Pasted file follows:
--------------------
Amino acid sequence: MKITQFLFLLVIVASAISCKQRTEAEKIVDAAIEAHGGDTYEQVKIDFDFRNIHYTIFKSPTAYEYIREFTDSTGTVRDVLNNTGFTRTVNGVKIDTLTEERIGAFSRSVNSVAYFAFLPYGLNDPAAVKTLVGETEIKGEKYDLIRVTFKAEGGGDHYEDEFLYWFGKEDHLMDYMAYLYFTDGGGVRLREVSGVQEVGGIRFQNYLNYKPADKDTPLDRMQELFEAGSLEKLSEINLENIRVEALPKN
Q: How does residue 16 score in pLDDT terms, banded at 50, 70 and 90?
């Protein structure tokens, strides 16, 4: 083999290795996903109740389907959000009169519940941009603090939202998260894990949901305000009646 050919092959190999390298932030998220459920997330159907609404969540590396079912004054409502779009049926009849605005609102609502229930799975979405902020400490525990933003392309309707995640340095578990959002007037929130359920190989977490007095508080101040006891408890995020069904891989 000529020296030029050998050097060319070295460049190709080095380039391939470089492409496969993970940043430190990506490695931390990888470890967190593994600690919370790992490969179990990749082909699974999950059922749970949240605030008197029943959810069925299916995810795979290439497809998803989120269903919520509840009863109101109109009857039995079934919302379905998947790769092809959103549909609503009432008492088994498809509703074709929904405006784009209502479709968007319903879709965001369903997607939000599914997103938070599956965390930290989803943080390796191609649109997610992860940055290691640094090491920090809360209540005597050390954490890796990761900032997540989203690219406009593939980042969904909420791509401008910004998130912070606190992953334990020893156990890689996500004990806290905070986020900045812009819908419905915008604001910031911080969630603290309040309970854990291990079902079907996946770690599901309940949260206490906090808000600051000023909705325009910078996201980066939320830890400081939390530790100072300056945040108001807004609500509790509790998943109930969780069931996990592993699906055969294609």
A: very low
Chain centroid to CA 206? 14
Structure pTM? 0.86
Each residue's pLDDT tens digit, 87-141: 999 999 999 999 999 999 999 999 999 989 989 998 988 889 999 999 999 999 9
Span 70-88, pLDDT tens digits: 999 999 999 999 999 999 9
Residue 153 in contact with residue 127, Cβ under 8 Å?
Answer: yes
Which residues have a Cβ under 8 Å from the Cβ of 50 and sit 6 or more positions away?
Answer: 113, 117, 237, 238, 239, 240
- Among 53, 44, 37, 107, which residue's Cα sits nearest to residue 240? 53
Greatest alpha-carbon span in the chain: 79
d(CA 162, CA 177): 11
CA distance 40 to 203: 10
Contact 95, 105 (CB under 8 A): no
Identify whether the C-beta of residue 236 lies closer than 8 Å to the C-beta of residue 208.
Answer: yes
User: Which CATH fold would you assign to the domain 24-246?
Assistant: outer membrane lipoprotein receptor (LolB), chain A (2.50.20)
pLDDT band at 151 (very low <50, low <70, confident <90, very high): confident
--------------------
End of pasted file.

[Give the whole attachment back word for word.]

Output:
Amino acid sequence: MKITQFLFLLVIVASAISCKQRTEAEKIVDAAIEAHGGDTYEQVKIDFDFRNIHYTIFKSPTAYEYIREFTDSTGTVRDVLNNTGFTRTVNGVKIDTLTEERIGAFSRSVNSVAYFAFLPYGLNDPAAVKTLVGETEIKGEKYDLIRVTFKAEGGGDHYEDEFLYWFGKEDHLMDYMAYLYFTDGGGVRLREVSGVQEVGGIRFQNYLNYKPADKDTPLDRMQELFEAGSLEKLSEINLENIRVEALPKN
Q: How does residue 16 score in pLDDT terms, banded at 50, 70 and 90?
């Protein structure tokens, strides 16, 4: 083999290795996903109740389907959000009169519940941009603090939202998260894990949901305000009646 050919092959190999390298932030998220459920997330159907609404969540590396079912004054409502779009049926009849605005609102609502229930799975979405902020400490525990933003392309309707995640340095578990959002007037929130359920190989977490007095508080101040006891408890995020069904891989 000529020296030029050998050097060319070295460049190709080095380039391939470089492409496969993970940043430190990506490695931390990888470890967190593994600690919370790992490969179990990749082909699974999950059922749970949240605030008197029943959810069925299916995810795979290439497809998803989120269903919520509840009863109101109109009857039995079934919302379905998947790769092809959103549909609503009432008492088994498809509703074709929904405006784009209502479709968007319903879709965001369903997607939000599914997103938070599956965390930290989803943080390796191609649109997610992860940055290691640094090491920090809360209540005597050390954490890796990761900032997540989203690219406009593939980042969904909420791509401008910004998130912070606190992953334990020893156990890689996500004990806290905070986020900045812009819908419905915008604001910031911080969630603290309040309970854990291990079902079907996946770690599901309940949260206490906090808000600051000023909705325009910078996201980066939320830890400081939390530790100072300056945040108001807004609500509790509790998943109930969780069931996990592993699906055969294609």
A: very low
Chain centroid to CA 206? 14
Structure pTM? 0.86
Each residue's pLDDT tens digit, 87-141: 999 999 999 999 999 999 999 999 999 989 989 998 988 889 999 999 999 999 9
Span 70-88, pLDDT tens digits: 999 999 999 999 999 999 9
Residue 153 in contact with residue 127, Cβ under 8 Å?
Answer: yes
Which residues have a Cβ under 8 Å from the Cβ of 50 and sit 6 or more positions away?
Answer: 113, 117, 237, 238, 239, 240
- Among 53, 44, 37, 107, which residue's Cα sits nearest to residue 240? 53
Greatest alpha-carbon span in the chain: 79
d(CA 162, CA 177): 11
CA distance 40 to 203: 10
Contact 95, 105 (CB under 8 A): no
Identify whether the C-beta of residue 236 lies closer than 8 Å to the C-beta of residue 208.
Answer: yes
User: Which CATH fold would you assign to the domain 24-246?
Assistant: outer membrane lipoprotein receptor (LolB), chain A (2.50.20)
pLDDT band at 151 (very low <50, low <70, confident <90, very high): confident